As part of the country's 50 projects announcement, seven asteroids will also be explored, he said.
The mission is scheduled to launch in 2028, with the primary goal of exploring the asteroid belt between Mars and Jupiter. This is where most meteorites that impact earth are found.
"Today, the UAE launched, among the 50 projects, a new space mission to explore planet Venus and seven other [asteroids] in the solar system," Sheikh Mohammed wrote on Twitter.
Sheikh Mohamed bin Zayed, Crown Prince of Abu Dhabi and Deputy Supreme Commander of the Armed Forces, said the launch of a new project to explore Venus and the asteroid belt set "an ambitious new goal for our country’s burgeoning space programme".
"The UAE is determined to make a meaningful contribution to space exploration, scientific research and our understanding of the solar system."
The asteroid belt is 3.6 billion kilometres away. The distance is roughly seven times the length of the Hope probe's trip to Mars.
The spacecraft, according to a video shared online, will take seven years to build and the launch is scheduled for 2028.
The journey is expected to last five years.
The new Emirati space mission is designed to advance the country's space engineering, scientific research and exploration capabilities, while also creating more opportunity in the private sector.
“We have set our eyes to the stars because our journey to development and progress has no boundaries, no borders and no limitations," said Sheikh Mohammed.
"Today we are investing in the generations to come.”
“With each new advancement we make in space, we create opportunities for young people here on Earth.”
Using knowledge and experience gained from the Emirates Mars Mission (EMM), the new mission will be inviting participation from Emirati private sector companies.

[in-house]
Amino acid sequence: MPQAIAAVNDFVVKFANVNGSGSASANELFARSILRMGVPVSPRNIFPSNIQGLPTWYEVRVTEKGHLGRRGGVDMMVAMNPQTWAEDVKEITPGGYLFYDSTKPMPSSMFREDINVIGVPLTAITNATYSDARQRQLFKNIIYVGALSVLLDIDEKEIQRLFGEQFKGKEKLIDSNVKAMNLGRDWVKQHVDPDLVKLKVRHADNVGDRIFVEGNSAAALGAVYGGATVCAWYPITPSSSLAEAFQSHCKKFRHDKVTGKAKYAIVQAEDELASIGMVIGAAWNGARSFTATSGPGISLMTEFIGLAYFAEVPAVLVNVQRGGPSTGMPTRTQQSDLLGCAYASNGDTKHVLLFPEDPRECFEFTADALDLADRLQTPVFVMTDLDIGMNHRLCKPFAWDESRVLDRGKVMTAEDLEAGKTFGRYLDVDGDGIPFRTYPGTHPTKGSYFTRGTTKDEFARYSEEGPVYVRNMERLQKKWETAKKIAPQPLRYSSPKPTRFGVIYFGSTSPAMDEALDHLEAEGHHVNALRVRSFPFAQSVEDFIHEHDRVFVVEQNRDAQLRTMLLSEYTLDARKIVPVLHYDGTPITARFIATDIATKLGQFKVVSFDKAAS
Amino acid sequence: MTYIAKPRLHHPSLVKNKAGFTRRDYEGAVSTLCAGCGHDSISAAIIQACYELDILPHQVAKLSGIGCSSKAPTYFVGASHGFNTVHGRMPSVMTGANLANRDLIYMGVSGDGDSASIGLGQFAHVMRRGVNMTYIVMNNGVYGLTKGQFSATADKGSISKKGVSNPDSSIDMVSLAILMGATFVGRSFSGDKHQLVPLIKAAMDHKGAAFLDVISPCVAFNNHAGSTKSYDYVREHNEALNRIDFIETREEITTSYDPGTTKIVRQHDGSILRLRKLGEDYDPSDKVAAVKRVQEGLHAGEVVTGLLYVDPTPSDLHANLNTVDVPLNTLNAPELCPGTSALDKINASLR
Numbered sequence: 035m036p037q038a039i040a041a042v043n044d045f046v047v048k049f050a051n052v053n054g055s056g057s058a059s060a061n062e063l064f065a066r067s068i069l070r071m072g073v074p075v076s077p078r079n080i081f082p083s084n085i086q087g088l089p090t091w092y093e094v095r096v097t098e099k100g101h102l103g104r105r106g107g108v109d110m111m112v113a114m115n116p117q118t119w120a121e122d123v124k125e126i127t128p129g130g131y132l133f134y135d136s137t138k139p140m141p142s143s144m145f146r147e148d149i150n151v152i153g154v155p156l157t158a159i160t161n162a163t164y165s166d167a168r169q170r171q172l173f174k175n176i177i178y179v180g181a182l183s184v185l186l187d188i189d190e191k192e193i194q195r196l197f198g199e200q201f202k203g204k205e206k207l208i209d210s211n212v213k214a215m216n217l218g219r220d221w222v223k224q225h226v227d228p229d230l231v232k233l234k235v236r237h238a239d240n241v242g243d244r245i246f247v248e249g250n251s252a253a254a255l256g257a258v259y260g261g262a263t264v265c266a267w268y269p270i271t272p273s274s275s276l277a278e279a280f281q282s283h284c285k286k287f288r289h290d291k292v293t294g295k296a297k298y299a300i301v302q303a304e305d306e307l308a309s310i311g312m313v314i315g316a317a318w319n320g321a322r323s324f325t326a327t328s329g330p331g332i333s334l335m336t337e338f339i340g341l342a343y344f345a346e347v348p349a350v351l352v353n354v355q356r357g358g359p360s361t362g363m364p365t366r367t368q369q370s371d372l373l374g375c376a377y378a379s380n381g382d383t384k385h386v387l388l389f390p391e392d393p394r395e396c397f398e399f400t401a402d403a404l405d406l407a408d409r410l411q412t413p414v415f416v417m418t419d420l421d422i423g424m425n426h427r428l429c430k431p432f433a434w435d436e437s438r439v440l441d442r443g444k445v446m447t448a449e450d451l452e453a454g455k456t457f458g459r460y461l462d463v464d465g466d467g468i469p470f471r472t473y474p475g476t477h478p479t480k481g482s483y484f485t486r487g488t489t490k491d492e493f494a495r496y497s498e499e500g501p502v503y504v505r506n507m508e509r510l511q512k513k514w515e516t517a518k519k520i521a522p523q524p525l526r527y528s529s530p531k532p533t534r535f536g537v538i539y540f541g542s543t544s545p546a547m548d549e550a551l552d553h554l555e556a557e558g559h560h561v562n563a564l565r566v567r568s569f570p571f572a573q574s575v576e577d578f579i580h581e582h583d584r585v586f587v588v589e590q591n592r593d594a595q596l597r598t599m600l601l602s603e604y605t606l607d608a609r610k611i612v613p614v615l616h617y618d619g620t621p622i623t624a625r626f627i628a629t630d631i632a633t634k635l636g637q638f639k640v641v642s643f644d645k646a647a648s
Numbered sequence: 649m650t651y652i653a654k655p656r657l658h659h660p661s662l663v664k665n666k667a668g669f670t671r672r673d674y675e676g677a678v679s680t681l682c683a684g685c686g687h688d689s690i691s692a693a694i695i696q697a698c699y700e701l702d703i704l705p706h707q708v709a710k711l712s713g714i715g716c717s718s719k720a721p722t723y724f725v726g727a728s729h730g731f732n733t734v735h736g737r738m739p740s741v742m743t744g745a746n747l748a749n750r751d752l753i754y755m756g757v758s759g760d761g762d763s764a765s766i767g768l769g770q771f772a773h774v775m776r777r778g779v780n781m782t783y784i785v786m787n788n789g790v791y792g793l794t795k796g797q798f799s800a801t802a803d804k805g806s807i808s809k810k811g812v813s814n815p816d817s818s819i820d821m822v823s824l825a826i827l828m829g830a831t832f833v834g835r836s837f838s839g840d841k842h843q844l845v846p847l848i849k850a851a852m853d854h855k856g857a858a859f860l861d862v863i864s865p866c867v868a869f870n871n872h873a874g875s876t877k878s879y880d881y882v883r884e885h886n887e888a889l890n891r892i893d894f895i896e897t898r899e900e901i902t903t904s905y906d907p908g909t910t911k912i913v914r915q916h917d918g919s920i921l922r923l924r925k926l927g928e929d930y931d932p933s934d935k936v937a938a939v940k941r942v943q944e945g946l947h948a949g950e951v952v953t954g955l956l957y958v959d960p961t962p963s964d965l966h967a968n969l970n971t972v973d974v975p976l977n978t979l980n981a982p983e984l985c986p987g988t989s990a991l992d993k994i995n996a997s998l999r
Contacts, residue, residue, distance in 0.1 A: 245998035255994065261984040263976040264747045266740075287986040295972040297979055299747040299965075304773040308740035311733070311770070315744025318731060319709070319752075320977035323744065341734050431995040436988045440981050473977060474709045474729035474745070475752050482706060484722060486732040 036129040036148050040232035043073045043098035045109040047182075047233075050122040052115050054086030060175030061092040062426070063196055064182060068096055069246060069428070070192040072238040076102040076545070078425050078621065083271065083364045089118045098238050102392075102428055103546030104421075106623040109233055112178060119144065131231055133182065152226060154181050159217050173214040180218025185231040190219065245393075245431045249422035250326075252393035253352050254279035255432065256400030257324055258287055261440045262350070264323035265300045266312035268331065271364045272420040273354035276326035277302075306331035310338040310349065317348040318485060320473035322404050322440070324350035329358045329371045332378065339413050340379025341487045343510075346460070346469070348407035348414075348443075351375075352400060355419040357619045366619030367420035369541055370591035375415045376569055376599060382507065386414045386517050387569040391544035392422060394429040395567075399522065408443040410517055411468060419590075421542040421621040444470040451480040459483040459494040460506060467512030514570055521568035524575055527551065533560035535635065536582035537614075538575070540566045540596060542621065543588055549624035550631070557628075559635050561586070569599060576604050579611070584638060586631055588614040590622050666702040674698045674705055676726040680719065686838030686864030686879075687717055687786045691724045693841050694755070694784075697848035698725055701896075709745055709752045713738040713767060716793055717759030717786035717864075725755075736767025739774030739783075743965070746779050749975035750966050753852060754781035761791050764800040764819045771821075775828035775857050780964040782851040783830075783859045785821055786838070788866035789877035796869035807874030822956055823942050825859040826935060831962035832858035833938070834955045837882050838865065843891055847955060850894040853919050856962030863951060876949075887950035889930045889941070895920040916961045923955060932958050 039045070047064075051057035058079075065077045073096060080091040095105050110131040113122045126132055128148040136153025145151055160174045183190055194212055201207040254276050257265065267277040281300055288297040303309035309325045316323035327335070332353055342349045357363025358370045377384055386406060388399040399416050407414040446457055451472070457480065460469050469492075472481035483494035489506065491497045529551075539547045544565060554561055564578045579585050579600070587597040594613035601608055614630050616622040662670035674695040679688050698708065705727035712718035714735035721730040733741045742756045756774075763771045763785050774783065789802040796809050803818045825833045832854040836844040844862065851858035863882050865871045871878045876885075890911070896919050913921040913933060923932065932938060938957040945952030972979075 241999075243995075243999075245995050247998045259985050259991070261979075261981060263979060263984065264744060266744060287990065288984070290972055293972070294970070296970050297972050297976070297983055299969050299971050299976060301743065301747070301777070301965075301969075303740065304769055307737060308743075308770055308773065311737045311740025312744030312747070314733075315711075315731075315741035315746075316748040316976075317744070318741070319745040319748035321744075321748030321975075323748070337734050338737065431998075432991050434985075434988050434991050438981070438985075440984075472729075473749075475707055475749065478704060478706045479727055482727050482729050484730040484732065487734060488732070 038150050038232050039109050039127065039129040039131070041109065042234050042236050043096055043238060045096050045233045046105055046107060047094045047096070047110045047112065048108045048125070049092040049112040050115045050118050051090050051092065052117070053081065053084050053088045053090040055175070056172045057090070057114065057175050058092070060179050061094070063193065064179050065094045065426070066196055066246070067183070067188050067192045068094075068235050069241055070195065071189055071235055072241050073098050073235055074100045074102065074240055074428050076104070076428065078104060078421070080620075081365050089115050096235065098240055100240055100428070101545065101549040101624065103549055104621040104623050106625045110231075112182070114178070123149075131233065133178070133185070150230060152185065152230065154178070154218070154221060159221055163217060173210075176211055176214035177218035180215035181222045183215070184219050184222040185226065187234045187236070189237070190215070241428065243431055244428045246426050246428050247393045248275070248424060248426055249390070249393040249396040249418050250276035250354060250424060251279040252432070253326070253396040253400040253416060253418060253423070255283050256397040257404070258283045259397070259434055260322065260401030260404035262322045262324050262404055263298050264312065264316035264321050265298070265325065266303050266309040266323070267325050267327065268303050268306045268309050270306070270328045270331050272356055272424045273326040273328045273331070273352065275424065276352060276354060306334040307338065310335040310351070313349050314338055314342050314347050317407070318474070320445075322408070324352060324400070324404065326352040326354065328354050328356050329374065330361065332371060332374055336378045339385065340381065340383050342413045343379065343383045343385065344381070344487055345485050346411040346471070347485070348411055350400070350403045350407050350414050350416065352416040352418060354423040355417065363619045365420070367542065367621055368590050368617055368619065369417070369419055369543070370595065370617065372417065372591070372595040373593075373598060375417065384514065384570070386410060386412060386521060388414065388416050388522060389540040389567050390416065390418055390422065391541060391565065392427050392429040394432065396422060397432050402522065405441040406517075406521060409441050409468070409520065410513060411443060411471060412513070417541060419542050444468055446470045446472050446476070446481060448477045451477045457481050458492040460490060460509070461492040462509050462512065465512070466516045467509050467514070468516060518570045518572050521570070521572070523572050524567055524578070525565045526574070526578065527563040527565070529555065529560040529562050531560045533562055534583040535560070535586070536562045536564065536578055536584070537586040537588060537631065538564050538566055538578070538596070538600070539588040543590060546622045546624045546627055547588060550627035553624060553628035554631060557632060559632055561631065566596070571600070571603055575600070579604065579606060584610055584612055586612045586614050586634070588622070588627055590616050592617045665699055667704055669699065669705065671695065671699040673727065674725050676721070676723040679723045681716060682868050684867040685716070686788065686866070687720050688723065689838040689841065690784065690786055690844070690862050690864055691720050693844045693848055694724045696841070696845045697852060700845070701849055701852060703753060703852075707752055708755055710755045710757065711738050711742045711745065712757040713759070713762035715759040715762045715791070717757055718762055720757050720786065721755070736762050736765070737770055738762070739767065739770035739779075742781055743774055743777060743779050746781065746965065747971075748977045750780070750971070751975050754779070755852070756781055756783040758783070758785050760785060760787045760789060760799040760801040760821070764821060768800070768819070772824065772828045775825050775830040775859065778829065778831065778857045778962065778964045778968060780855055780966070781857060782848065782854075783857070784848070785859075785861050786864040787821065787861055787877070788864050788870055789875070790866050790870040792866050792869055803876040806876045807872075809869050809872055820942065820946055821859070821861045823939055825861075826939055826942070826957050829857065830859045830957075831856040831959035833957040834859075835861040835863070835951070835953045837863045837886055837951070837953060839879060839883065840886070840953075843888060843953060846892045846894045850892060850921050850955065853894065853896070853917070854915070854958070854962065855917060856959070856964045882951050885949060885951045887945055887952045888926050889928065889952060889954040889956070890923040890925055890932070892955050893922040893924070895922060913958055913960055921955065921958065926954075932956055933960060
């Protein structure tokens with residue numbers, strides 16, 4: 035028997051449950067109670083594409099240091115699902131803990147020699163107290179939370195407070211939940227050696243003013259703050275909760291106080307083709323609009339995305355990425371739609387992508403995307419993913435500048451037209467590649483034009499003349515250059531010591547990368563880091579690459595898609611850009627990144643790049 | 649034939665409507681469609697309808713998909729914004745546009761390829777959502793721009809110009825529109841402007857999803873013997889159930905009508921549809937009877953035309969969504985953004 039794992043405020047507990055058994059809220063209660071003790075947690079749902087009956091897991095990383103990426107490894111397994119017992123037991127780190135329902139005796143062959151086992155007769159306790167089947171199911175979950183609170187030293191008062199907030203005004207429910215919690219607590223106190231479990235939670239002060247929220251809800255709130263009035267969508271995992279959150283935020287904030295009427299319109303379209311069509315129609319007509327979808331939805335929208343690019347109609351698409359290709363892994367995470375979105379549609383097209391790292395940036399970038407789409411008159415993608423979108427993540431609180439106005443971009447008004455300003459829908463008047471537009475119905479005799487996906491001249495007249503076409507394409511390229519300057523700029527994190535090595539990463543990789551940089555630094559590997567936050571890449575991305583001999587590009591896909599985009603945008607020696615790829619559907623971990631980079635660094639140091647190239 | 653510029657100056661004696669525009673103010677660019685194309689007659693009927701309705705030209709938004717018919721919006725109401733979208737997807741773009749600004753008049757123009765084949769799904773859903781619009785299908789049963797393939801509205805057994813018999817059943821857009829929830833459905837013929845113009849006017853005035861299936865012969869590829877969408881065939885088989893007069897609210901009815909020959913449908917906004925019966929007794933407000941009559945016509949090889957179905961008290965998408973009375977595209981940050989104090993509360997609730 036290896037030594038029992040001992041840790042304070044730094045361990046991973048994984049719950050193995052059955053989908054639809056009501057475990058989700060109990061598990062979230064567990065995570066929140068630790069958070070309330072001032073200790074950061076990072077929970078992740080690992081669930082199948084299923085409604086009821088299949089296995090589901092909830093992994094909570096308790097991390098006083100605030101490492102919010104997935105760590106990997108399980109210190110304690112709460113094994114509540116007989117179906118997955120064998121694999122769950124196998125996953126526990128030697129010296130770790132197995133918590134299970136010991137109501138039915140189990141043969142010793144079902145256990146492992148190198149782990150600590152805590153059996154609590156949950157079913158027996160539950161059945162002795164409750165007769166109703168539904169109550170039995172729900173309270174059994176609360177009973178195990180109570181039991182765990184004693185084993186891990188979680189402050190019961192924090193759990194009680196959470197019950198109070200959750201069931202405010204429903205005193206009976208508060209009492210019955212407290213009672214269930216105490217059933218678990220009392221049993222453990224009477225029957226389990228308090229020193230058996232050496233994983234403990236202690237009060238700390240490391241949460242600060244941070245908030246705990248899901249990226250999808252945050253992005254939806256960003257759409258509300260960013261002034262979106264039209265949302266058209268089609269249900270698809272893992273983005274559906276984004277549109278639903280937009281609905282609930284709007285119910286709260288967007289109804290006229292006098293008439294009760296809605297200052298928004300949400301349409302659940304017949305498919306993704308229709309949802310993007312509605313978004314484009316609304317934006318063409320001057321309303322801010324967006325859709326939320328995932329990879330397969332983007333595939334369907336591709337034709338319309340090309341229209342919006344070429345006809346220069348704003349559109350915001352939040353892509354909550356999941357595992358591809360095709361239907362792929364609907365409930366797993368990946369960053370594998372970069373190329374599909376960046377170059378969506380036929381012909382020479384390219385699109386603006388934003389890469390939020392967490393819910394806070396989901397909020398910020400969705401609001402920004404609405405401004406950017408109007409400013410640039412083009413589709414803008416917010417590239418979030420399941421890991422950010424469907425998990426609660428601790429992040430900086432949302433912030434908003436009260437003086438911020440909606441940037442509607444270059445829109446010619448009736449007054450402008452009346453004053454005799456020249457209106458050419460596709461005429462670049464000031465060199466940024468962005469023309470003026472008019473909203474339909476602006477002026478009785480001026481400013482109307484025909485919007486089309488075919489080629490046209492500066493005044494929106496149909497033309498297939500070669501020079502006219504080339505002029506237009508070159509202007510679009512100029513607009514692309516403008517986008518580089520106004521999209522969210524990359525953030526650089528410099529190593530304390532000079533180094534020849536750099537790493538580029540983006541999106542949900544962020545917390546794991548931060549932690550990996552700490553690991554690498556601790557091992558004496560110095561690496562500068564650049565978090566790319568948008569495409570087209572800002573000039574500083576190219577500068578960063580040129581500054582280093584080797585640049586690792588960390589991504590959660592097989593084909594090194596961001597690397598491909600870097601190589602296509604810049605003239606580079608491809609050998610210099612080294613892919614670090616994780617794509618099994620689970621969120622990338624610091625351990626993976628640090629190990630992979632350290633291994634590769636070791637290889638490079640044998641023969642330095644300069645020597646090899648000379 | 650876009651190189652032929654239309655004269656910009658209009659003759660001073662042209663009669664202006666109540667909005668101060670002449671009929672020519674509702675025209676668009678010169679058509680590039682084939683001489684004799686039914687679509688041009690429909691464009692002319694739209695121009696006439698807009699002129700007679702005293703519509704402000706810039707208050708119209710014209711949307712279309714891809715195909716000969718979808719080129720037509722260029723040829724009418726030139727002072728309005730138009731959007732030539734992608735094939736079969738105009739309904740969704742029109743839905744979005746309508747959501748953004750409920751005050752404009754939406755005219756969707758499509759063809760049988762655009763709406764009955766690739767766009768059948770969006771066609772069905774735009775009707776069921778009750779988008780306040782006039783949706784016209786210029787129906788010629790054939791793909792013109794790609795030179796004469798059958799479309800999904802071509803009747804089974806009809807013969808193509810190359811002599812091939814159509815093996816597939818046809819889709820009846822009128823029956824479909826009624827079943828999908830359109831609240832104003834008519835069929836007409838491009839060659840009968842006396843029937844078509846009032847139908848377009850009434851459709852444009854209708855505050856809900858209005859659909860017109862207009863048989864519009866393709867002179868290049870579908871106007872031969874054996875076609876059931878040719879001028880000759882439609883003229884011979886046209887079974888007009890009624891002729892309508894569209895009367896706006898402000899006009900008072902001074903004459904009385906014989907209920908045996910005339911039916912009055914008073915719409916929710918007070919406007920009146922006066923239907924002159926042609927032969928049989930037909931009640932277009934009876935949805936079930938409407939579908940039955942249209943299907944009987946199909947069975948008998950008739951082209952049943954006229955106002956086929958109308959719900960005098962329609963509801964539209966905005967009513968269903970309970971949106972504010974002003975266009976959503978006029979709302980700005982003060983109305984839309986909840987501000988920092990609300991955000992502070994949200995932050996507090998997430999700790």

Five initiatives are being launched around the new mission by the UAE Space Agency to accelerate the development of the UAE’s space sector:
· A fully funded programme to establish Emirati space sector businesses
· Priority access to contracts and procurement for the mission by Emirati companies
· A vocational training programme to train young Emiratis on component assembly and space subsystems engineering
· A programme to bring local and international universities and research centres together to work on the mission, including Laboratory for Atmospheric and Space Physics (LASP) and Emirates University
“This new mission tests and extends the capabilities of Emirati youth in achieving Zayed’s ambition to explore space," said the crown prince of Abu Dhabi.
"We are certain that our talented local engineers, academic and research institutions, which have so far made quantum leaps in developing our space sector, are well equipped to take on this daring new challenge.”
On it's five-year journey, the spacecraft will first orbit Venus, then Earth, building up the velocity to reach the main asteroid belt past Mars.
It will come as close as 109 million kilometres to the Sun and as far as 448 million km, requiring special equipment to deal with both temperature extremes.
“Our goal is clear: to accelerate the development of innovation and knowledge-based enterprises in the Emirates," said Ms Al Amiri, Chairwoman of the UAE Space Agency.
"This can’t be done by going steady-state, this requires leaps in imagination, in faith and the pursuit of goals that go beyond prudent or methodical.
"When we embarked on the Emirates Mars Mission, we took on a six-year task that was in the order of five times more complex than the Earth observation satellites we were developing.
"This mission is in the order of five times more complex than EMM.”
By the middle of 2028, the spacecraft will make its first planetary approach and orbit Venus.
Around a year later it will closely orbit Earth.
The first fly-by of the main asteroid belt will occur in 2030 when it will observe seven main belt asteroids before landing on one 560 million kilometres from Earth in 2033.
This will make the UAE the fourth country to land a spacecraft on an asteroid.
The exact equipment to be used on the mission is expected to be announced in the middle of next year.
The UAE took its first steps towards space exploration in 1997 when the first communications satellite Thoraya was launched.
Nine years later, the country was building its own satellites, and in 2018 the Mohammed bin Rashid Space Centre launched the first 100 per cent Emirati designed-and-built KhalifaSat.
The Emirates Mars Mission was announced in 2014, the same year that the UAE Space Agency was established. Its Hope Probe aims to build the first detailed picture of the climate on the red planet throughout the Martian year. Hope reached the Martian orbit in February this year.